bell (n.)

"hollow metallic instrument which rings when struck," Old English belle, which has cognates in Middle Dutch belle, Middle Low German belle but is not found elsewhere in Germanic (except as a borrowing); apparently from PIE root *bhel- (4) "to sound, roar" (compare Old English bellan "to roar," and see bellow).

As a division of daily time aboard a ship, by 1804, from its being marked by bells struck every half hour. Statistical bell curve is by 1920, said to have been coined was coined 1870s in French. Of glasses in the shape of a bell from 1640s. Bell pepper is from 1707, so called for its shape. Bell, book, and candle is a reference to a form of excommunication (the bells were rung out of order and all together to signify the loss of grace and order in the soul of the excommunicated). To ring a bell "awaken a memory" (1934) is perhaps a reference to Pavlovian experiments.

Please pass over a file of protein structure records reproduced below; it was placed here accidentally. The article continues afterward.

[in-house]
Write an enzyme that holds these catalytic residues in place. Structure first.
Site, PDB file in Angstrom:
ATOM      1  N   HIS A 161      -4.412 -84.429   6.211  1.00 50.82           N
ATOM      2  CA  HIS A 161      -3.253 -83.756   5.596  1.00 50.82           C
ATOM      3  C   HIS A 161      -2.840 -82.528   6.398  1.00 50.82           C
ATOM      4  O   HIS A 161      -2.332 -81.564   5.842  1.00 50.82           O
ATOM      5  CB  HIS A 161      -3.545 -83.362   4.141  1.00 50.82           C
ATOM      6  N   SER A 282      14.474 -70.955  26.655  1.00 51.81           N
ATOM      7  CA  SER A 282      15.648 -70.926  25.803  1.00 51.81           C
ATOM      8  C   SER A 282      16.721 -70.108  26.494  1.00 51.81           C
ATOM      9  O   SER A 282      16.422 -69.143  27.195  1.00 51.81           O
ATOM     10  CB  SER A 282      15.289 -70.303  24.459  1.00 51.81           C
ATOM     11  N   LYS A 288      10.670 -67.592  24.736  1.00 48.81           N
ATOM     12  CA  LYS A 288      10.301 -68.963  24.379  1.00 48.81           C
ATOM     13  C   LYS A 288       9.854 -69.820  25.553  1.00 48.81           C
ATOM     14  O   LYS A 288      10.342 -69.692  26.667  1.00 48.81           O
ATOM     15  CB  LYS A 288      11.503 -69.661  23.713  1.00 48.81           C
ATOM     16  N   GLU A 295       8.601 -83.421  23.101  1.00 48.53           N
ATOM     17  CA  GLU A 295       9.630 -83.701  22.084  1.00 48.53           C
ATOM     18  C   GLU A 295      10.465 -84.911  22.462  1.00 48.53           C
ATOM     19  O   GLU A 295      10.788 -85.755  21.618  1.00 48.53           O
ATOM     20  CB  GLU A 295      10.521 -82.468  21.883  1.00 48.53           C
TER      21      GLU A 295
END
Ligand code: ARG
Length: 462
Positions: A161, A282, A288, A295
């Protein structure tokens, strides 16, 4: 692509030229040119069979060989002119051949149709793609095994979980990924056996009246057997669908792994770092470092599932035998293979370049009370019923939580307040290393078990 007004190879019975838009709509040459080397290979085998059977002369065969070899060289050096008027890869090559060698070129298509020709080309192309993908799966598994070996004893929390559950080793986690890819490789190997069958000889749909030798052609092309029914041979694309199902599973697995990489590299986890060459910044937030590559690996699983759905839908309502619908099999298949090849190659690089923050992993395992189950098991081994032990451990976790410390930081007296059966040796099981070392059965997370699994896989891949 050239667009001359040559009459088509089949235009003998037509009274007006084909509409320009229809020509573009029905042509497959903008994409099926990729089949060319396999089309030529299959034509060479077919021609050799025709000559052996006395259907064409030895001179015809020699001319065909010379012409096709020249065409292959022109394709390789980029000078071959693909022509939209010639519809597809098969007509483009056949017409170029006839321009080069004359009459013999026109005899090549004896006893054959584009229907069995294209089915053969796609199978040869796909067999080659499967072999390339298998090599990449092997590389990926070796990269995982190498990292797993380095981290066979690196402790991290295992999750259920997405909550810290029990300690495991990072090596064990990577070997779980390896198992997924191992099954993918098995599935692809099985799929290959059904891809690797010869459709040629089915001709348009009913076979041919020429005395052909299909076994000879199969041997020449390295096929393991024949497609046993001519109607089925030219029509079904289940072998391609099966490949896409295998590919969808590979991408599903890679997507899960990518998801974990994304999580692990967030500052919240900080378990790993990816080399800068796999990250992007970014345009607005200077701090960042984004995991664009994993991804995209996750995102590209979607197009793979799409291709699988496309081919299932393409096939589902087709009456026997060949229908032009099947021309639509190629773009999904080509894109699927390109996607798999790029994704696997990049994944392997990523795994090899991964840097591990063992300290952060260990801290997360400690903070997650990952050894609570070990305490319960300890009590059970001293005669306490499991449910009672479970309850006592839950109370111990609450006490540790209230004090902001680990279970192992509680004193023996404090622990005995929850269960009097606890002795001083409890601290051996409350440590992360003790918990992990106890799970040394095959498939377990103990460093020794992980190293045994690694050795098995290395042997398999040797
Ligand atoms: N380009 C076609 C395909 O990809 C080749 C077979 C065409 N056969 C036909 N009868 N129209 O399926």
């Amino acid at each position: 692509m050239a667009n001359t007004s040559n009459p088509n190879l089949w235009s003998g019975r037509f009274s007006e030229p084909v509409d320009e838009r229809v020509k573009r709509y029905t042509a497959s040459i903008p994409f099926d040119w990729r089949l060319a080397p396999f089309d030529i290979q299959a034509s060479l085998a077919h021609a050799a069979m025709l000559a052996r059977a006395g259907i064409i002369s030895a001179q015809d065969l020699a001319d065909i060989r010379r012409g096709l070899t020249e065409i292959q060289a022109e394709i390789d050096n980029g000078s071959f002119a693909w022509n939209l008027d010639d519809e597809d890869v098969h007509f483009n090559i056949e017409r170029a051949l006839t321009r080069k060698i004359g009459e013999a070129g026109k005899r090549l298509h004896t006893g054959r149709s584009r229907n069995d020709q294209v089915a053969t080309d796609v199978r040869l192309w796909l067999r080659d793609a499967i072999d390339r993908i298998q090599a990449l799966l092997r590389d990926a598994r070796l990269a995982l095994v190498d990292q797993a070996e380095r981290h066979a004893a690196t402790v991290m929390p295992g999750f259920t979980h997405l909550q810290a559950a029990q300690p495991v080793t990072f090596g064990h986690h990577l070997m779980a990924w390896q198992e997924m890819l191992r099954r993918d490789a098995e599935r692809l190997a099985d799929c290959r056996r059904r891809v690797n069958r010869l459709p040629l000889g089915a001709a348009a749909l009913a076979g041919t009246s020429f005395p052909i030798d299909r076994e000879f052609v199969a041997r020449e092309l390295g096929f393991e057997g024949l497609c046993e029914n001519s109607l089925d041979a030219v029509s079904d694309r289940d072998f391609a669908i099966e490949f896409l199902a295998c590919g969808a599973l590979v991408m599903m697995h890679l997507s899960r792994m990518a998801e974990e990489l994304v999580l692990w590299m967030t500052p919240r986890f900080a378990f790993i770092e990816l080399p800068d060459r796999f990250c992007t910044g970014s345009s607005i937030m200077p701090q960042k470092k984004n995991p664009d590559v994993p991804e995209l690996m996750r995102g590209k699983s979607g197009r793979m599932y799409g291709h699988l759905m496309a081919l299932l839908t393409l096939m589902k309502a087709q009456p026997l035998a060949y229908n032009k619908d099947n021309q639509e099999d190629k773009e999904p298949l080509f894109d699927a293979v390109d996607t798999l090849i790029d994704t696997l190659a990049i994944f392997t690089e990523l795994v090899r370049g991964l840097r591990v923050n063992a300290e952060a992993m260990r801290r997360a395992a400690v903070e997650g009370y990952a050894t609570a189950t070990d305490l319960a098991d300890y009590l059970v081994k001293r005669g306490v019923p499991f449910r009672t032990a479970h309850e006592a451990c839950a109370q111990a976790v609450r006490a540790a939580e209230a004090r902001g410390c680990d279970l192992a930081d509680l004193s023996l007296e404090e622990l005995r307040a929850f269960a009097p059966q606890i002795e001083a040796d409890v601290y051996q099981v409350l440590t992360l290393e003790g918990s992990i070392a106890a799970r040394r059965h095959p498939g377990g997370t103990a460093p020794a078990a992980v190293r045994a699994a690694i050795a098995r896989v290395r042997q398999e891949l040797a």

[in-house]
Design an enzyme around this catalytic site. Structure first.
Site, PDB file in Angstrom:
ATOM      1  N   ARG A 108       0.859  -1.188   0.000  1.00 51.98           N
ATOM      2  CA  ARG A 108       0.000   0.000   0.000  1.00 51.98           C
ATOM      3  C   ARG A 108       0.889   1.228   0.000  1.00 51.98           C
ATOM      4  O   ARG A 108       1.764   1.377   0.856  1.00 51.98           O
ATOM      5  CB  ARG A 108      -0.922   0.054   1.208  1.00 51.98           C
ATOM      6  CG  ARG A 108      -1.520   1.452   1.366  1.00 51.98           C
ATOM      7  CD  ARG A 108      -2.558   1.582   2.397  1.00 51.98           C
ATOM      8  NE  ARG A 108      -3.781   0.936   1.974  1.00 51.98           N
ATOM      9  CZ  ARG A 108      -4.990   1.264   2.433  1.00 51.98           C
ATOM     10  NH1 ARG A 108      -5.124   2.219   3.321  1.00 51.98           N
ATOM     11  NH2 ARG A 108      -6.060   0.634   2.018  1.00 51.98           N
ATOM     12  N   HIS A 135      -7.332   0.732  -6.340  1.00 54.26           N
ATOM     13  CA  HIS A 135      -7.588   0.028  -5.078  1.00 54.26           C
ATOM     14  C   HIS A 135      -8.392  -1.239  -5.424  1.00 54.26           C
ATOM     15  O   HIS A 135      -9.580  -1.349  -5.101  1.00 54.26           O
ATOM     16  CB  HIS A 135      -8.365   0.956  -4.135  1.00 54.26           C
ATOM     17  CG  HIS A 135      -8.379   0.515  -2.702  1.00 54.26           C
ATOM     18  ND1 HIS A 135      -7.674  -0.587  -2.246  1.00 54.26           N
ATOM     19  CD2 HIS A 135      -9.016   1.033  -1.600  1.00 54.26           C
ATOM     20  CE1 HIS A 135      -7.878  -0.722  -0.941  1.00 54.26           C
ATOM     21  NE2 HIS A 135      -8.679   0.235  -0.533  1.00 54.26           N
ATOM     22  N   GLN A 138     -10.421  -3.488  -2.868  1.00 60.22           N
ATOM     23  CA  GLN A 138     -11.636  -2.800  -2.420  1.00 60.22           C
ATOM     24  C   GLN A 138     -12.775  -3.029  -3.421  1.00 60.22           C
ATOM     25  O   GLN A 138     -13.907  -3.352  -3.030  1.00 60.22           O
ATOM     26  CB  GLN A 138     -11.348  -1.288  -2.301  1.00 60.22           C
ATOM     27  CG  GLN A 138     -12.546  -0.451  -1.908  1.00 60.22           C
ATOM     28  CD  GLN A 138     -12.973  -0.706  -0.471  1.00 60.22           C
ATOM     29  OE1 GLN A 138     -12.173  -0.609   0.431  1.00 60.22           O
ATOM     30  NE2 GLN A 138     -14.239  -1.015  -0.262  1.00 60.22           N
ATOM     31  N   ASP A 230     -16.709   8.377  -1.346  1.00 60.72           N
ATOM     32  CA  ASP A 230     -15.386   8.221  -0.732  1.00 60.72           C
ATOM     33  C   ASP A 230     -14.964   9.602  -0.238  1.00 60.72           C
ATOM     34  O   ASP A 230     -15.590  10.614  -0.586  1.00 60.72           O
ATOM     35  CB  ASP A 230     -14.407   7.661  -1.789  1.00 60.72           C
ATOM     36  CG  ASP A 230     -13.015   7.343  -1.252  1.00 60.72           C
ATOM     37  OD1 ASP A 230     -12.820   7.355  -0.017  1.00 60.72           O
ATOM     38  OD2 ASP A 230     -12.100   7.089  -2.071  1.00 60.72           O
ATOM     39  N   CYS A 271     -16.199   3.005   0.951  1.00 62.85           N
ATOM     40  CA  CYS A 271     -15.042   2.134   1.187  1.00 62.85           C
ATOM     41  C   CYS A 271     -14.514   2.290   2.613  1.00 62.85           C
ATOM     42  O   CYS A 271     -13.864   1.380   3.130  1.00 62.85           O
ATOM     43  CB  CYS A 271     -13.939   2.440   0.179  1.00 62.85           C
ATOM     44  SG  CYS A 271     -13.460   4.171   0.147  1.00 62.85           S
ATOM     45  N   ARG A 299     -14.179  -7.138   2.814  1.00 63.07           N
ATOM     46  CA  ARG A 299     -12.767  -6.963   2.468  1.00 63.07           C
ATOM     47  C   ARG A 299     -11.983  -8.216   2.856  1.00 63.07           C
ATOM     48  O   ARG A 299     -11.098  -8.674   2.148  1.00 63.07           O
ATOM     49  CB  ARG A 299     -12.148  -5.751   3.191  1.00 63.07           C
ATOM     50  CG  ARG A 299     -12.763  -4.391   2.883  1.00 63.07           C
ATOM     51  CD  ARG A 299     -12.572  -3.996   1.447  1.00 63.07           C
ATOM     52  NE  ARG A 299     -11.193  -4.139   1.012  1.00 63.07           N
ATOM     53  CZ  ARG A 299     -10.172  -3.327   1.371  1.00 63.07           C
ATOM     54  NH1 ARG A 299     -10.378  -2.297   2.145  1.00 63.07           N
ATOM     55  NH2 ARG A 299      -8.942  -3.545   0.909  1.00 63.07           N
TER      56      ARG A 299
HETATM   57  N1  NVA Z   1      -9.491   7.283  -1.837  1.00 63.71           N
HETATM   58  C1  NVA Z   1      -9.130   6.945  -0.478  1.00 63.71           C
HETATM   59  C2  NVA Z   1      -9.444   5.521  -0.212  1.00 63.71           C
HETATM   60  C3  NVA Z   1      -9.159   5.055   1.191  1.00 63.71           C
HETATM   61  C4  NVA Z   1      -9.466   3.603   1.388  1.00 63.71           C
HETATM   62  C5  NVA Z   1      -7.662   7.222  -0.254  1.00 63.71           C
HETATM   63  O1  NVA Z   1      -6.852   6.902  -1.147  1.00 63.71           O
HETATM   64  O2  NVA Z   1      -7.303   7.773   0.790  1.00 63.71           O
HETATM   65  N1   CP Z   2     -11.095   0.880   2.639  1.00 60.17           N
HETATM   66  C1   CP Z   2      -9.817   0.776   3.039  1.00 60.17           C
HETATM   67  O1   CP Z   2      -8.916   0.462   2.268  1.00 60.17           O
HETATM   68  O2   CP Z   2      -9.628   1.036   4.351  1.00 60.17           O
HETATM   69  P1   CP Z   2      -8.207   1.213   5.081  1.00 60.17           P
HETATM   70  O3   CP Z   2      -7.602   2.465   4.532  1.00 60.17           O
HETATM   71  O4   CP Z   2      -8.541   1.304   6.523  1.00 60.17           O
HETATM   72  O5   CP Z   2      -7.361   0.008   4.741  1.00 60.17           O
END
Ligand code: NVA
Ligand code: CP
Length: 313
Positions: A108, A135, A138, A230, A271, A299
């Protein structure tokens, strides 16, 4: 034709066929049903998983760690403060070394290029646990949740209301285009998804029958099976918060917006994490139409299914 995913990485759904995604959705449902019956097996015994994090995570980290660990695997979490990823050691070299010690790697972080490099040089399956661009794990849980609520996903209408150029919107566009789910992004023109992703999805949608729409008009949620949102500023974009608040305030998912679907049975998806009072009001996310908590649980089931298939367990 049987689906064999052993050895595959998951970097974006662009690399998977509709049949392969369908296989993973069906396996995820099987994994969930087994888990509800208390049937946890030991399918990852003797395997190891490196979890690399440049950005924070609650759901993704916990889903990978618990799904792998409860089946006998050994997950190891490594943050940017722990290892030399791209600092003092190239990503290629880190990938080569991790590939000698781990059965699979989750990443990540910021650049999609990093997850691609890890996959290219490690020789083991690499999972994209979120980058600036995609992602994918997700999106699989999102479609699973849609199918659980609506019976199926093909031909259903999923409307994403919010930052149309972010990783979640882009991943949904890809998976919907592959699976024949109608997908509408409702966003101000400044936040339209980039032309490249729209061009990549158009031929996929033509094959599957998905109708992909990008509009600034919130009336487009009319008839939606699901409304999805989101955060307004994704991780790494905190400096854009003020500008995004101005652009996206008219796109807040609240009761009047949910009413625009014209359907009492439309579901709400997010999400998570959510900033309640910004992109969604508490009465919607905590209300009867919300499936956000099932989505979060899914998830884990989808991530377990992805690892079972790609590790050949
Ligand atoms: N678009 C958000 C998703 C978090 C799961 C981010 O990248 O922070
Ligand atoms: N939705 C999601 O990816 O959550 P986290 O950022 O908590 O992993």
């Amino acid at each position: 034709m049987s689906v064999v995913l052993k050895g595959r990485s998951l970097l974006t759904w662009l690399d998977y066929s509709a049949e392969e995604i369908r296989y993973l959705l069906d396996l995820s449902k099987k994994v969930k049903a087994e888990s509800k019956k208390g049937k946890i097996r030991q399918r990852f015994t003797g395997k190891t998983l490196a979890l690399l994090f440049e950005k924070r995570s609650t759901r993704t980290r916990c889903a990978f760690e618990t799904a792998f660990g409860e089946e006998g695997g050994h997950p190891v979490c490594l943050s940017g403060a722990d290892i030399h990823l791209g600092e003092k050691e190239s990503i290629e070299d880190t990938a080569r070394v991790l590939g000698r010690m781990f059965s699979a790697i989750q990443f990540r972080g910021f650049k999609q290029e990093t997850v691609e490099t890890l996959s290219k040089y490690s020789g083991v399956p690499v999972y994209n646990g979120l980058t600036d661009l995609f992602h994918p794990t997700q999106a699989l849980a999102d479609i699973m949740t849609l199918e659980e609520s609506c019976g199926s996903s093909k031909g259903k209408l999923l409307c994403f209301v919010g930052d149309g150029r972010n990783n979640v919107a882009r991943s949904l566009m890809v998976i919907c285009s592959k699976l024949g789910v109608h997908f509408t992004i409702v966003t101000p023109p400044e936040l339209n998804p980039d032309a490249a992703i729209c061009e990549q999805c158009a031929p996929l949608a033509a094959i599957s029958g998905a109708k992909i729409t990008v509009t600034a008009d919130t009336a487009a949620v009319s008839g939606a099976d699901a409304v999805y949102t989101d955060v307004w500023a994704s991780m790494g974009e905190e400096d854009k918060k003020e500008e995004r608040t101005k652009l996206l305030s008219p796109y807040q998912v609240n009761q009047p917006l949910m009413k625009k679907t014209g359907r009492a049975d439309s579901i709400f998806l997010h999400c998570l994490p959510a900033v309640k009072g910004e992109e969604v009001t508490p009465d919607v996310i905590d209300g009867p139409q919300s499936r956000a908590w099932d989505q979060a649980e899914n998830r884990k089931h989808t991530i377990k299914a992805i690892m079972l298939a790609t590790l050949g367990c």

bell (v.)

"attach a bell to," late 14c., from bell (n.). Related: Belled; belling. Allusions to the story of the mice that undertook to bell the cat (so they can hear him coming) date to late 14c.

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